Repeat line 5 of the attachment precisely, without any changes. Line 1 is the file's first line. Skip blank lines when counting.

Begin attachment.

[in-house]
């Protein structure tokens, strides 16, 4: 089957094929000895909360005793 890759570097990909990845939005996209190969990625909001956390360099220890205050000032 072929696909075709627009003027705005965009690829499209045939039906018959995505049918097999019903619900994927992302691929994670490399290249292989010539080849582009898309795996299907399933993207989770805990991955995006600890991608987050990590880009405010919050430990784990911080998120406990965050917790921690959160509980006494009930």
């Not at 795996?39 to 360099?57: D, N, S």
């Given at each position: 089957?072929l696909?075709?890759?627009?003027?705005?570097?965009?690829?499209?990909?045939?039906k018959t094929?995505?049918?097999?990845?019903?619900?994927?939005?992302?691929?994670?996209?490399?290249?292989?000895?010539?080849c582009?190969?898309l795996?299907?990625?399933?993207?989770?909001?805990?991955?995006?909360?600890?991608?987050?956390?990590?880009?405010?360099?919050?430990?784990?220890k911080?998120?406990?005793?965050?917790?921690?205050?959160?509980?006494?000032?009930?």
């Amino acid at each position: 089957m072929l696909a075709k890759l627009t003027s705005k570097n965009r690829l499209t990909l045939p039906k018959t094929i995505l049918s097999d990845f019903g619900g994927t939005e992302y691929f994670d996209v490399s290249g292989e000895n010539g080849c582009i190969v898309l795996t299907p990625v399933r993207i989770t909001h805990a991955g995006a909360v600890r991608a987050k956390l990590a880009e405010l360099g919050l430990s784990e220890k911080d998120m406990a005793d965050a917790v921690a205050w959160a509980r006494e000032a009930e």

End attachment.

């Amino acid at each position: 089957m072929l696909a075709k890759l627009t003027s705005k570097n965009r690829l499209t990909l045939p039906k018959t094929i995505l049918s097999d990845f019903g619900g994927t939005e992302y691929f994670d996209v490399s290249g292989e000895n010539g080849c582009i190969v898309l795996t299907p990625v399933r993207i989770t909001h805990a991955g995006a909360v600890r991608a987050k956390l990590a880009e405010l360099g919050l430990s784990e220890k911080d998120m406990a005793d965050a917790v921690a205050w959160a509980r006494e000032a009930e």